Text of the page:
General Organic Gardening Strategies Can Help Protect Your Garden From Pests
You may have heard of Integrated Pest Management and wondered what it meant. Integrated Pest Management is a fancy way to describe the practice of planning and working in your lawn or garden to prevent weeds and pests, using chemicals only as the last resort. Here are some basic steps:
1. Learn about the plants and the weeds and bugs that affect them.
2. Choose the right plants. Plant native species whenever possible. Native plants are better protected by their own “immune systems” and their relationships with other plants and animals in the area. You may also look for plants that are pest-resistant. Diversifying the garden with a variety of plants will help the plants protect each other from pests. For example, small flowered plants like daisies, mint, and rosemary attract many insects that eat the pests. Check with a local garden shop or nursery for recommendations.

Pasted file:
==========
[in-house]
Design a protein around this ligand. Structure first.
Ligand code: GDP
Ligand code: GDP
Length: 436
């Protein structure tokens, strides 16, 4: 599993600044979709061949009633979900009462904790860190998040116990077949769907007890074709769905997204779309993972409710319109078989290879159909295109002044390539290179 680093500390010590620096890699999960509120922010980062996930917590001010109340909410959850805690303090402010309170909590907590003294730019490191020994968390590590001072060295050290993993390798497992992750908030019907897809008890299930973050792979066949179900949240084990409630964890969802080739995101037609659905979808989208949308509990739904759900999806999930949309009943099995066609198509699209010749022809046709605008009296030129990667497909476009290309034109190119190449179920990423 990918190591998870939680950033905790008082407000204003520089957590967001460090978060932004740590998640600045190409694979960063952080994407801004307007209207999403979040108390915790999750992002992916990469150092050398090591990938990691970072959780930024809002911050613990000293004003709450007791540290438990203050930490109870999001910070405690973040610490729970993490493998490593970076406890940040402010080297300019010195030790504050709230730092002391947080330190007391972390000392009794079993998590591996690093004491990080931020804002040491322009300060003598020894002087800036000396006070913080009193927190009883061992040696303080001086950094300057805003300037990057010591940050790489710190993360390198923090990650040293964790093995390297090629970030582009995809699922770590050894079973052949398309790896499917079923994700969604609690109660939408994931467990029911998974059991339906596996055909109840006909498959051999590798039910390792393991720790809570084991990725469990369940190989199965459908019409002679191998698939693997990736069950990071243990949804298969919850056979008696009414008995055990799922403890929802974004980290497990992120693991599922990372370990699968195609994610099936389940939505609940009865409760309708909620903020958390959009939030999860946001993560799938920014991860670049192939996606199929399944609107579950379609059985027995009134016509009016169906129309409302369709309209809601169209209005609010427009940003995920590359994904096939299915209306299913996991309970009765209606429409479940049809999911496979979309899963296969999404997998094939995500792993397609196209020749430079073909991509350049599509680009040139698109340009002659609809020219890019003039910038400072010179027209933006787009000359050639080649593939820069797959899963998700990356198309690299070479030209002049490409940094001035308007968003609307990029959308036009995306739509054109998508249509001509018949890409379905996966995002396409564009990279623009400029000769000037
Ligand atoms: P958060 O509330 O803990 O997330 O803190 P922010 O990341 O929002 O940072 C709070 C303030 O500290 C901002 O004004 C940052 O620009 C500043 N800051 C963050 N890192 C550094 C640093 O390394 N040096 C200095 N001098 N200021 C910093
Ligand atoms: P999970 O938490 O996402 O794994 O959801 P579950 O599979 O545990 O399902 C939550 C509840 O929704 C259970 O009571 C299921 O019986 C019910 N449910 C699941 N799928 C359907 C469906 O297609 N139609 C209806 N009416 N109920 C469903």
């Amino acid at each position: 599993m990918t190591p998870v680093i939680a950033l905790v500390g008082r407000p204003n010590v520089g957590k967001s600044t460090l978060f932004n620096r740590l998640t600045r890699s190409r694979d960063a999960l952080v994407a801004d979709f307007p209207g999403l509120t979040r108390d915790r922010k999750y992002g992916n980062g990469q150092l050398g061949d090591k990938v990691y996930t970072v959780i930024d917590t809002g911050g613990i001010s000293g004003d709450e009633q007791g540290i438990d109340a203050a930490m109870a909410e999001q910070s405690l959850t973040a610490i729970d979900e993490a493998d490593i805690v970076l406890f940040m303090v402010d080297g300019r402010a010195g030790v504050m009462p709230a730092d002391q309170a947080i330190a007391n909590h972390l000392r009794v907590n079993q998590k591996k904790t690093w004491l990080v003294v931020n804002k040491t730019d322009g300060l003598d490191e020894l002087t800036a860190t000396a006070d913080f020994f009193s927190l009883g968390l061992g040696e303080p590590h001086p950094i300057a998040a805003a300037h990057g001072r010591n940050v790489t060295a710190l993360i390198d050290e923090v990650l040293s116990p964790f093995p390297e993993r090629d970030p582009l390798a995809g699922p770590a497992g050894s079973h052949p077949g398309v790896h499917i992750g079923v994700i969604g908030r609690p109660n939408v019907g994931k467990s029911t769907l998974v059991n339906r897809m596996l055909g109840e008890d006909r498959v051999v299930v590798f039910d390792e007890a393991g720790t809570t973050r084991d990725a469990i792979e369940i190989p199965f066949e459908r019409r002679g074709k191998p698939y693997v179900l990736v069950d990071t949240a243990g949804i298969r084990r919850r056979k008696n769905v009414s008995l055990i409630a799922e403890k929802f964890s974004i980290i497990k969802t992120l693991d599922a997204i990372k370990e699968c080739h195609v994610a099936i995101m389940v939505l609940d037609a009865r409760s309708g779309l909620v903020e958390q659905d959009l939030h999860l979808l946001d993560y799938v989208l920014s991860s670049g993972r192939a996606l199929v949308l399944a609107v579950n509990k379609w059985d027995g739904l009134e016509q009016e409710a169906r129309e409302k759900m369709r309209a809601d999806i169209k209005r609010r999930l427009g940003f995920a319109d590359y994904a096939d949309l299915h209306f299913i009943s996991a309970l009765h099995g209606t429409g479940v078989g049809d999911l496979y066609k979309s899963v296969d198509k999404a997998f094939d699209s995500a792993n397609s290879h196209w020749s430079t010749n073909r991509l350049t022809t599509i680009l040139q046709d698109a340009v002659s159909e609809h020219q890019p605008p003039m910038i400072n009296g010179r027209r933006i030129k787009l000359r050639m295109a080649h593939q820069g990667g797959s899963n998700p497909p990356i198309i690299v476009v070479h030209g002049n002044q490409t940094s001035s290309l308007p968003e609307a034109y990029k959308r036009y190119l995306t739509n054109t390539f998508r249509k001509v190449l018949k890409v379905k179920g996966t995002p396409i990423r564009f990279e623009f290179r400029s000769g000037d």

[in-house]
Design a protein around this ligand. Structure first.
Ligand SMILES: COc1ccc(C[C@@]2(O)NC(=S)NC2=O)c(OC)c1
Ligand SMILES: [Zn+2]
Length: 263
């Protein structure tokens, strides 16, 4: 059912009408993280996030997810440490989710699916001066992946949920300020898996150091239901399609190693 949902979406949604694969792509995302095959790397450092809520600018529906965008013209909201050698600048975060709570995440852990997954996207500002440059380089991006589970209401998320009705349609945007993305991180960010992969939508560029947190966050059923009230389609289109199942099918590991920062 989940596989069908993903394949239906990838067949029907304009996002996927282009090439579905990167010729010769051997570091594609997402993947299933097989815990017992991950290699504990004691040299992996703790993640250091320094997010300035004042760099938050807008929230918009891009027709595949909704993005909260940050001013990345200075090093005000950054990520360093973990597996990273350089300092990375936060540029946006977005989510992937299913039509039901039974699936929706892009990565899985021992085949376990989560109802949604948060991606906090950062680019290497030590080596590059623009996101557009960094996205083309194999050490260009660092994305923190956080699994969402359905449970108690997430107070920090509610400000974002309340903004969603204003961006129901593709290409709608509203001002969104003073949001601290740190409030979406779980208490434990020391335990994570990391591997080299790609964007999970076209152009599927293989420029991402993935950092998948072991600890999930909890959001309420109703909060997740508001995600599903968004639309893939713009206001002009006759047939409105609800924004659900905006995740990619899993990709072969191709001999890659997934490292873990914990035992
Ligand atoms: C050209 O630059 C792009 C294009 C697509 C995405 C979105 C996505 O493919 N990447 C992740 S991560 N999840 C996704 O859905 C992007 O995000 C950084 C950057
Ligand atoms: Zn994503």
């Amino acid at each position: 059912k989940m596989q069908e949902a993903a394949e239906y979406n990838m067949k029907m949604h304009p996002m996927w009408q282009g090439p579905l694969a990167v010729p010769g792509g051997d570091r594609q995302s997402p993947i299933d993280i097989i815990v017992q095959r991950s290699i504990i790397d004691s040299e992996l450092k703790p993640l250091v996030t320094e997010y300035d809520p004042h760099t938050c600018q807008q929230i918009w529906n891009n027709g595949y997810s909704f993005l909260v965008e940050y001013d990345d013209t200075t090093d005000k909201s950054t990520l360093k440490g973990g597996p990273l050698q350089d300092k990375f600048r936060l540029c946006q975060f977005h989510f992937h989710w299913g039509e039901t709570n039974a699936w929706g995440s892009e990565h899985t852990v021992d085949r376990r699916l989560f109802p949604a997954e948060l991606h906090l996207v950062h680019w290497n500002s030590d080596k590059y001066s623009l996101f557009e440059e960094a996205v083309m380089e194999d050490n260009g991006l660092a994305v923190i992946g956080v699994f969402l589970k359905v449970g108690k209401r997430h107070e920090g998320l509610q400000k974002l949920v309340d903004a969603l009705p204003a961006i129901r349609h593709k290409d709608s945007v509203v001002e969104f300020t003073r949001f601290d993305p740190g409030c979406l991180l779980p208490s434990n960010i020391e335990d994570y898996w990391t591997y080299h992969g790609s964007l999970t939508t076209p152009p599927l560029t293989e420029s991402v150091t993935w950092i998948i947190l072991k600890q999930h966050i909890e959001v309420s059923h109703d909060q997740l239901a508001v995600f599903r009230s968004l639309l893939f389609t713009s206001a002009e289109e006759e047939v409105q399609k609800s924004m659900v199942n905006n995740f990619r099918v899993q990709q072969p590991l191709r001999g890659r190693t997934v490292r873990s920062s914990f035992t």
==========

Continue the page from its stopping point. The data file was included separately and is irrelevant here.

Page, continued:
3. Maintain healthy, fertile soil by rotating your plants, adding compost, and mulching.
4. Plant early to avoid the worst bug season.
5. Allow growth of the pests’ natural predators. Ladybugs, ground beetles, and birds eat many pests, and fungi and moss can infect the pests naturally. Spraying chemicals often kills the beneficial bugs too.
6. Get out there and work with your hands! A hoe, spade, and your hands are the best tools to combat weeds. Getting close to your plants will help you identify problems and remove pests and damaged plants by hand. Tilling can eliminate many weeds as well. Pruning plants helps remove diseased parts, leaving the plant’s nutrients for the healthy parts. Always prune back to a main branch or stem; leaving “stubs” opens a door for pests.
7. Keep a garden journal in which you record when you see pests, what they look like, what they have done to the plants, and the actions taken. In this way, you will learn what works and what doesn’t while experimenting with new techniques.
For more information, visit these links. Most universities and state and local governments provide information about local plants and pesticide use, so try searching for a local organization as well.